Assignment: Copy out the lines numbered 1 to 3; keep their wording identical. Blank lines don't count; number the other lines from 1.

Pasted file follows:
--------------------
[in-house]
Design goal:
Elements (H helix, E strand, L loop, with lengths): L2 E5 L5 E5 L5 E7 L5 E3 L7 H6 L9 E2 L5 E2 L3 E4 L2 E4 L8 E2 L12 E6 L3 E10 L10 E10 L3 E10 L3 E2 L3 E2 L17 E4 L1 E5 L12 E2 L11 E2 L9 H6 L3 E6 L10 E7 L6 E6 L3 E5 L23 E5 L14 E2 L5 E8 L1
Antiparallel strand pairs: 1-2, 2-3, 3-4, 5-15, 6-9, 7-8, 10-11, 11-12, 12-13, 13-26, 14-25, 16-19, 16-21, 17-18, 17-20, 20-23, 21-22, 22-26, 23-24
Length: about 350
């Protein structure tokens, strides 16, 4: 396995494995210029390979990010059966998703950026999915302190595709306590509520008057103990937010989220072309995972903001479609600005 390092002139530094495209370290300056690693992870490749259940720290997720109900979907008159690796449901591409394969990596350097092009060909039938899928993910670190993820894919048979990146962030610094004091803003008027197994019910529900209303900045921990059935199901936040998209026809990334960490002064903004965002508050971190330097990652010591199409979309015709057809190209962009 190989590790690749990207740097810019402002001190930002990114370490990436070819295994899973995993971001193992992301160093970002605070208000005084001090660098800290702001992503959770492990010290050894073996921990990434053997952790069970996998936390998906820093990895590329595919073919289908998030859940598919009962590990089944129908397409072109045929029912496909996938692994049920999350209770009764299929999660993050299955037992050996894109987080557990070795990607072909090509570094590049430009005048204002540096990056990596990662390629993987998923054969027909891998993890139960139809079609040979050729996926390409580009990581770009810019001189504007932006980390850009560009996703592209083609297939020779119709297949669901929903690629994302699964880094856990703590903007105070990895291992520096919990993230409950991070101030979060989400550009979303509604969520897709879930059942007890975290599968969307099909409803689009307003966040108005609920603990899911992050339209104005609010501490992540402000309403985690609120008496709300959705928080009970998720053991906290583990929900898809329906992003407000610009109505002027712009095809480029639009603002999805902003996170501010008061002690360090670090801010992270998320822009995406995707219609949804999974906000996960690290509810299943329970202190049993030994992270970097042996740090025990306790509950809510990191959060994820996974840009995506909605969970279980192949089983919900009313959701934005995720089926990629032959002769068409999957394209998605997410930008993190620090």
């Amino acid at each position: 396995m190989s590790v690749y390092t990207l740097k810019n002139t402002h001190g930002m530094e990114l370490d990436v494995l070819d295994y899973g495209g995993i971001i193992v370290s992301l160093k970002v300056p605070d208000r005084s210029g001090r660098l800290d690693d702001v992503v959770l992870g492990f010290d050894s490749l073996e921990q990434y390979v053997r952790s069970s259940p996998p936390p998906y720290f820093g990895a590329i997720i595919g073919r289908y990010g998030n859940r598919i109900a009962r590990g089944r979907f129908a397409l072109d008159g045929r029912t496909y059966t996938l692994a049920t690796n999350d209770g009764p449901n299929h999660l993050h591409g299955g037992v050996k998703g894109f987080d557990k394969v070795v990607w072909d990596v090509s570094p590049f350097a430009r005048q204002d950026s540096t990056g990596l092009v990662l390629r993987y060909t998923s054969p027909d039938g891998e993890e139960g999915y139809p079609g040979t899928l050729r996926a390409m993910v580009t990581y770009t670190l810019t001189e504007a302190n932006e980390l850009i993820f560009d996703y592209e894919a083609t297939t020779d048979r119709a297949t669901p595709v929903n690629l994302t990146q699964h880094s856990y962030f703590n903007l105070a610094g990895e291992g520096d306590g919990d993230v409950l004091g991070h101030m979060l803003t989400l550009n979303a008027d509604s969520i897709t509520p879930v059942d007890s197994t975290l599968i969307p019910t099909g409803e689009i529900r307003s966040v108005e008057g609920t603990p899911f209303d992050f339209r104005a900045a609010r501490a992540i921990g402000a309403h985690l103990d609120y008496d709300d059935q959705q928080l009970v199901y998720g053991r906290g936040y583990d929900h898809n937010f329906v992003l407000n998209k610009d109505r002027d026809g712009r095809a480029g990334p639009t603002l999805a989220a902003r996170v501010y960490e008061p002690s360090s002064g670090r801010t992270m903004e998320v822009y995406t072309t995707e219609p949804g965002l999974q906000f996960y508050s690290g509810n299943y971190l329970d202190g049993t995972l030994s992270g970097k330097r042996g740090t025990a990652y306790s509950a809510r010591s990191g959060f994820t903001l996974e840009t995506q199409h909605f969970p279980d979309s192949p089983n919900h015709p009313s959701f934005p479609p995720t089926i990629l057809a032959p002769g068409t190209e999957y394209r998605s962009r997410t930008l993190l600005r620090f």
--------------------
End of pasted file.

[in-house]
Design goal:
Elements (H helix, E strand, L loop, with lengths): L2 E5 L5 E5 L5 E7 L5 E3 L7 H6 L9 E2 L5 E2 L3 E4 L2 E4 L8 E2 L12 E6 L3 E10 L10 E10 L3 E10 L3 E2 L3 E2 L17 E4 L1 E5 L12 E2 L11 E2 L9 H6 L3 E6 L10 E7 L6 E6 L3 E5 L23 E5 L14 E2 L5 E8 L1